I love all of Bodkin's works, but enjoy mightily when she chooses to write Aragorn. Here is an encounter between the High King of the West and a Man he met many years past as a boy, a trader's son who has become a trader in his own right. It is pleasant to be reminded of a simpler time, less complicated relationships, company and a ride for an injured kinsman in return for company and protection instead of facing diplomacy ever. I almost wish Aragorn did give over his regalia for the worn leathers and harsher wools of his youth. Very, very human story, and as always with Bodkin, well told.

Reviewed by: cairistiona -- Score: 5

Excellent ficlet ... it has a wistful quality as the Strider that still lives within King Elesser longs to be free. There is a stubborn quality about Elesser that strikes me as very appropriate--King he may be, but he would dearly love to be king on his own terms and dispense with so much of the trappings of court. And yet there is also the pragmatic--as king, he would have to protect himself and his family. And with that comes that wistful resignation. Overall, a very good and detailed glimpse into King Elesser's mindset and circumstances as he encounters an old acquaintance.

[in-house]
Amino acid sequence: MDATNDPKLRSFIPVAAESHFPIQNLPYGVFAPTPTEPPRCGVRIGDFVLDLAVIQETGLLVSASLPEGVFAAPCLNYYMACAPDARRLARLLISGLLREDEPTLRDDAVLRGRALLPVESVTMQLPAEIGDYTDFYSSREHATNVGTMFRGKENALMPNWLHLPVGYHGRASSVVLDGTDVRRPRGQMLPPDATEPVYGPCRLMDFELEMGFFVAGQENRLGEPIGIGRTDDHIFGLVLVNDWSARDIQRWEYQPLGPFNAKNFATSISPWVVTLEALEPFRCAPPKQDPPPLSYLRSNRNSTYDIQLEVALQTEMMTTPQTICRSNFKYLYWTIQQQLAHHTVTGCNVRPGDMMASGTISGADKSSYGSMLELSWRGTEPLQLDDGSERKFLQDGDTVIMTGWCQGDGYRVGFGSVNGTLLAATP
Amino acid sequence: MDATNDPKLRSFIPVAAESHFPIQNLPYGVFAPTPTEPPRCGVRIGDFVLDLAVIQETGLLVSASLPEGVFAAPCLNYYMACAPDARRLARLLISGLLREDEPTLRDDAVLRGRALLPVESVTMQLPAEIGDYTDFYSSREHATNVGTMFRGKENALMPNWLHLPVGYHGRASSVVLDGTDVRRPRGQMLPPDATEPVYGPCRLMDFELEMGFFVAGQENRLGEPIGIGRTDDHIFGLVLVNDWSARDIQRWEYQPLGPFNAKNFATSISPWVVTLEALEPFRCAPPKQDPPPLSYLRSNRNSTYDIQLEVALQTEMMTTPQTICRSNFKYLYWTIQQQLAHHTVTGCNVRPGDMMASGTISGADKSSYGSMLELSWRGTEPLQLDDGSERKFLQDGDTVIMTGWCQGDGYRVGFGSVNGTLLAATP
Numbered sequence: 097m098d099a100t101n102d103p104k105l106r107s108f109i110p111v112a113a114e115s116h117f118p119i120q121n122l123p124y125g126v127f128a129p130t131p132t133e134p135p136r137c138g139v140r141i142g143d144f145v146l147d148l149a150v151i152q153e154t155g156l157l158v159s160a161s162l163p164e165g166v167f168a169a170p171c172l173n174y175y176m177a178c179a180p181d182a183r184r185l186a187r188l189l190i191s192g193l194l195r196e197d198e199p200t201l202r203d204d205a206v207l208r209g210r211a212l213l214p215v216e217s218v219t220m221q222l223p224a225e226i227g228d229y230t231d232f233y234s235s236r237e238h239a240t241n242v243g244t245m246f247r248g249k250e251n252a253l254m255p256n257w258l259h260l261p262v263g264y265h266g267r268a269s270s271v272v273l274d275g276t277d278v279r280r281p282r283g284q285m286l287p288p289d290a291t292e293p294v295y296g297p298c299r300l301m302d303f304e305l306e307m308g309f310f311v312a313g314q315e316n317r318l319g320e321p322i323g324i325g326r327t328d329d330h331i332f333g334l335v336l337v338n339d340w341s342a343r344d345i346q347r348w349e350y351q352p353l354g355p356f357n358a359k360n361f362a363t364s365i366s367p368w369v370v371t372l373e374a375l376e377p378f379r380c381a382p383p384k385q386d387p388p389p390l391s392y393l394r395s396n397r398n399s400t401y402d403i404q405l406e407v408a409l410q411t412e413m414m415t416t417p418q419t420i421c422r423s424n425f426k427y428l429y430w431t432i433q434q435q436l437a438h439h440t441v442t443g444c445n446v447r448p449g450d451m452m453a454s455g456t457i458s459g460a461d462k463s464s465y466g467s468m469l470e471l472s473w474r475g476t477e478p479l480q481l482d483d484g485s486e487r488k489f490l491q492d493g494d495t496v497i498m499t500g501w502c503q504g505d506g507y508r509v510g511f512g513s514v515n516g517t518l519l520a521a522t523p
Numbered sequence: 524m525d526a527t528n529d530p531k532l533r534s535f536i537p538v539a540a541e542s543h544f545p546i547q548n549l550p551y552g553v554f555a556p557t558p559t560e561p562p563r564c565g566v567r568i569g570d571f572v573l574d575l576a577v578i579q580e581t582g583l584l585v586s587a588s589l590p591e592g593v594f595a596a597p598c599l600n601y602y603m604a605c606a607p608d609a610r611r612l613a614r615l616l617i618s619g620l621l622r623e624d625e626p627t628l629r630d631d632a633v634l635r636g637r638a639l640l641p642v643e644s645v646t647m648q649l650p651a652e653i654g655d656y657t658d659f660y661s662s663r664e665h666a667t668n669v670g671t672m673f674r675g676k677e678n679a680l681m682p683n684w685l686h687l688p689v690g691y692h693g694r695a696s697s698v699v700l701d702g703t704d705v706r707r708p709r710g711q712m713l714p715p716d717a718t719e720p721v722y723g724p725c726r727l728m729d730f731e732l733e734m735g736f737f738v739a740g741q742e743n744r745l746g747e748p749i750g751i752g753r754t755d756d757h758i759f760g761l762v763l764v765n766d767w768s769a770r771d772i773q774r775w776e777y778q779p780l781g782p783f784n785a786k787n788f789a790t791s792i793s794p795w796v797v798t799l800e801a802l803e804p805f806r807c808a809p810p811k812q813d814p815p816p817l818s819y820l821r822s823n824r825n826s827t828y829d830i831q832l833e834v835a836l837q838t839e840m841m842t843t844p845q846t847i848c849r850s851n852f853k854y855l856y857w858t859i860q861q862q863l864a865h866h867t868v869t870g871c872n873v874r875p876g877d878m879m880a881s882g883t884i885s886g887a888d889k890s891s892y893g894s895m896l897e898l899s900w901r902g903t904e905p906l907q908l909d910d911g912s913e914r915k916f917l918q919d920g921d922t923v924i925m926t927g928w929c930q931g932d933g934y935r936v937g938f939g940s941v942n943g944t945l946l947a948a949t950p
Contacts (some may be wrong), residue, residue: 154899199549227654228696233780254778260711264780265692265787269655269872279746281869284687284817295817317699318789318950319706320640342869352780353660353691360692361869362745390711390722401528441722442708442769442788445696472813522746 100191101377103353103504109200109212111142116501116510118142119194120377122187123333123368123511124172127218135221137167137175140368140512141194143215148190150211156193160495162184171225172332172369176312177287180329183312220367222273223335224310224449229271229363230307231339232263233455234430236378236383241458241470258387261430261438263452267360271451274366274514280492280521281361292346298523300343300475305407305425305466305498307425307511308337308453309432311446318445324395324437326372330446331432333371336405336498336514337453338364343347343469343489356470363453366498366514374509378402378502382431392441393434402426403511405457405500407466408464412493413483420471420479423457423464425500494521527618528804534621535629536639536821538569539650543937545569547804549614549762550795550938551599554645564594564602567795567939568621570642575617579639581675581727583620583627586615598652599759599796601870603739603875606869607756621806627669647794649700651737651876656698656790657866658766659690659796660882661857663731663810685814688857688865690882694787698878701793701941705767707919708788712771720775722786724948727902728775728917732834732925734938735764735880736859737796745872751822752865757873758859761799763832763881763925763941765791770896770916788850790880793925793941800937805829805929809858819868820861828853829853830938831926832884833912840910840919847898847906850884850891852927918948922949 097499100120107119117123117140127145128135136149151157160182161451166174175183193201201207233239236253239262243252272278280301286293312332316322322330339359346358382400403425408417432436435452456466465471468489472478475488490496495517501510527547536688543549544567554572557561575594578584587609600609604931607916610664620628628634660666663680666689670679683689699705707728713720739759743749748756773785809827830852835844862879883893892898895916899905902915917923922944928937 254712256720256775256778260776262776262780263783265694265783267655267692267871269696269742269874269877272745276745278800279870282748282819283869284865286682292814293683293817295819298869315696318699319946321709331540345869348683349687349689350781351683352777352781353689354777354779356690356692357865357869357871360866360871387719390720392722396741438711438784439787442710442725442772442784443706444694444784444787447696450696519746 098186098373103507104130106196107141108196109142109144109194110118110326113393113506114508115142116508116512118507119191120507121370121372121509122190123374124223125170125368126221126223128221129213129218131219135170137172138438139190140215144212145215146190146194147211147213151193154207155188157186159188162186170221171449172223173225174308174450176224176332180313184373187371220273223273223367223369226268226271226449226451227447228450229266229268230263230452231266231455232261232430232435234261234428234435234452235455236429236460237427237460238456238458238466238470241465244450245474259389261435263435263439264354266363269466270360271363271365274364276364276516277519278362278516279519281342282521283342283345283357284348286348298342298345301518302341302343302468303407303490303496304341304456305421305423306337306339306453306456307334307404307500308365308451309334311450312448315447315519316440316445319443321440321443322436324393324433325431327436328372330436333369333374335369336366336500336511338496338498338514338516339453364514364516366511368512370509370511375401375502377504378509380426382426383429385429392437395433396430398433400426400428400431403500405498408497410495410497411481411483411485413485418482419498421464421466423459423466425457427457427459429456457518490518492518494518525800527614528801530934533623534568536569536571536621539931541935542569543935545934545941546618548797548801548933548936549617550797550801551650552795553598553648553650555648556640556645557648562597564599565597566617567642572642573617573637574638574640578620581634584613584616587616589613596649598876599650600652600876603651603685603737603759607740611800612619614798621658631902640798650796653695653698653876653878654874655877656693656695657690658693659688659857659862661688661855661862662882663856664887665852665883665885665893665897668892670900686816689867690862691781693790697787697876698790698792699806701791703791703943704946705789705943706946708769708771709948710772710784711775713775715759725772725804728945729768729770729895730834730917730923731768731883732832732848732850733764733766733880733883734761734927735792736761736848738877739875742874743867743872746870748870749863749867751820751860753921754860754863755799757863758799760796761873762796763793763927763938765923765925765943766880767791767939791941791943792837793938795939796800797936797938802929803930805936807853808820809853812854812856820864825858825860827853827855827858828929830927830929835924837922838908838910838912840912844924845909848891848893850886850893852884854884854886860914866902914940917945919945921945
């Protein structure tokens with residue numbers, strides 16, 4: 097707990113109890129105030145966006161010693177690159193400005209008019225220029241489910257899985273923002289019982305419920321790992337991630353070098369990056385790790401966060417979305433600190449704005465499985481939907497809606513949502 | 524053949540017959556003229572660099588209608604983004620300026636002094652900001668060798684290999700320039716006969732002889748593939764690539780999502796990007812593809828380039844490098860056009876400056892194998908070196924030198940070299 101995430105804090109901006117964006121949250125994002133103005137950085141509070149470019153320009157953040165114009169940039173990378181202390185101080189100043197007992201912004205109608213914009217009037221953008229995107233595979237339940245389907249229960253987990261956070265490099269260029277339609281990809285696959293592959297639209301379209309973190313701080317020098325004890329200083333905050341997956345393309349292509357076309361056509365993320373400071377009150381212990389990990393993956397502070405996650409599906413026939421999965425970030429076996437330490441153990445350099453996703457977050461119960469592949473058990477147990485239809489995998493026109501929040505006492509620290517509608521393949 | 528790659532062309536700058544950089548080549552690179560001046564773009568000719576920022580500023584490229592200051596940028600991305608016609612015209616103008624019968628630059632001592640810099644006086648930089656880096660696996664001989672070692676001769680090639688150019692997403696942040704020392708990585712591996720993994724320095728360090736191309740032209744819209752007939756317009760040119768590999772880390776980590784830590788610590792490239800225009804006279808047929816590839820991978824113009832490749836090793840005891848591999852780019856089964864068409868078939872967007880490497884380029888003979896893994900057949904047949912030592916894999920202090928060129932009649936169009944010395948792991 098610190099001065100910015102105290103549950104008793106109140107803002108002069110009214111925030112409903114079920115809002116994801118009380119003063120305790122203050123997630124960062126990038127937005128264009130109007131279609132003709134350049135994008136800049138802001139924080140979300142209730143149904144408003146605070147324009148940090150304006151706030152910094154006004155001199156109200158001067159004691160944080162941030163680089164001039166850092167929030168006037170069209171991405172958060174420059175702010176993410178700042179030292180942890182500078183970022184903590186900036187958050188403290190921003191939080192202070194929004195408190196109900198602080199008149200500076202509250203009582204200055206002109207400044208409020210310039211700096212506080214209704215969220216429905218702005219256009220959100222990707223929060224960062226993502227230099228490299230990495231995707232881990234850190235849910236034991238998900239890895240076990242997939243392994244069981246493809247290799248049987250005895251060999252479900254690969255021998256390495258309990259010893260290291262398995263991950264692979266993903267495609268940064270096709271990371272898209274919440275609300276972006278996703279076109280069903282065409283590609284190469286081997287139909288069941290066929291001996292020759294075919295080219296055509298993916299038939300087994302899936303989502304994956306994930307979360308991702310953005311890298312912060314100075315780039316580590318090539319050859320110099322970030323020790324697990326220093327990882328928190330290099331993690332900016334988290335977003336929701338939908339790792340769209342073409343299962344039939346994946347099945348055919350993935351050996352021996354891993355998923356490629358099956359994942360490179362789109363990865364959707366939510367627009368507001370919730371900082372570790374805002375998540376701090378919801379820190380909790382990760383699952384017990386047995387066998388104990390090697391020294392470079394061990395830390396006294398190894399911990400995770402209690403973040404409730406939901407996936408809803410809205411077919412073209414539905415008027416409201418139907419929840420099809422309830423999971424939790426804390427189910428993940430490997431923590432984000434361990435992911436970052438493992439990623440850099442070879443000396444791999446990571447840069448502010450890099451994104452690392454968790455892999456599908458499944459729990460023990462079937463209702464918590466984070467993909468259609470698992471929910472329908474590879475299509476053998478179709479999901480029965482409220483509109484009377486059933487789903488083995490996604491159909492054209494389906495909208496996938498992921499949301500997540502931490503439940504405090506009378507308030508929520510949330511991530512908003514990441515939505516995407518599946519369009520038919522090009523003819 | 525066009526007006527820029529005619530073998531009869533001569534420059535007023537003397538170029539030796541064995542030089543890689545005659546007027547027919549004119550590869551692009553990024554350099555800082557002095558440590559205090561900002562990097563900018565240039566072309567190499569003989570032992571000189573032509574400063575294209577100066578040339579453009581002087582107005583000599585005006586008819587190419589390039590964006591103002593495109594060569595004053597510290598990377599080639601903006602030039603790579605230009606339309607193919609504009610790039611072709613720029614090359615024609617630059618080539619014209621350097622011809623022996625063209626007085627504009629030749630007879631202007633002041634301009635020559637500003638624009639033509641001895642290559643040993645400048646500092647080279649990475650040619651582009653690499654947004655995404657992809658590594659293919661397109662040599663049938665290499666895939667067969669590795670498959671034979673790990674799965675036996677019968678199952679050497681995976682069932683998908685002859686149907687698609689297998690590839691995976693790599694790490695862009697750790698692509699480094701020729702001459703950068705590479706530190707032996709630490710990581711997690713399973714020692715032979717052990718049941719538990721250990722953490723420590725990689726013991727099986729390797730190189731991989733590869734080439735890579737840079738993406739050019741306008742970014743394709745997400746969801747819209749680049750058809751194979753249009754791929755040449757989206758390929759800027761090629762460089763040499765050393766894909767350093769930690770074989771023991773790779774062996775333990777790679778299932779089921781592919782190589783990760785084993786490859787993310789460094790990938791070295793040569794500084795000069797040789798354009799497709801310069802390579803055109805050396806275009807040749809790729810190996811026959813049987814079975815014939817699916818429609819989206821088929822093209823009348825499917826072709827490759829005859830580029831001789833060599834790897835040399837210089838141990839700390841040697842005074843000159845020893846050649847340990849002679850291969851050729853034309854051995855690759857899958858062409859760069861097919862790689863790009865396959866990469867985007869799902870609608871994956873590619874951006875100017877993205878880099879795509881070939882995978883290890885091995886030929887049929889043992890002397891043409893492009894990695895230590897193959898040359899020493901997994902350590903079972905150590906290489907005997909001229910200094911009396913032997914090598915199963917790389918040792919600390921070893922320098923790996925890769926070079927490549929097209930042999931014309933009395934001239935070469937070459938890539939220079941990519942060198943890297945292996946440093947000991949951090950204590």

Reviewed by: elliska -- Score: 5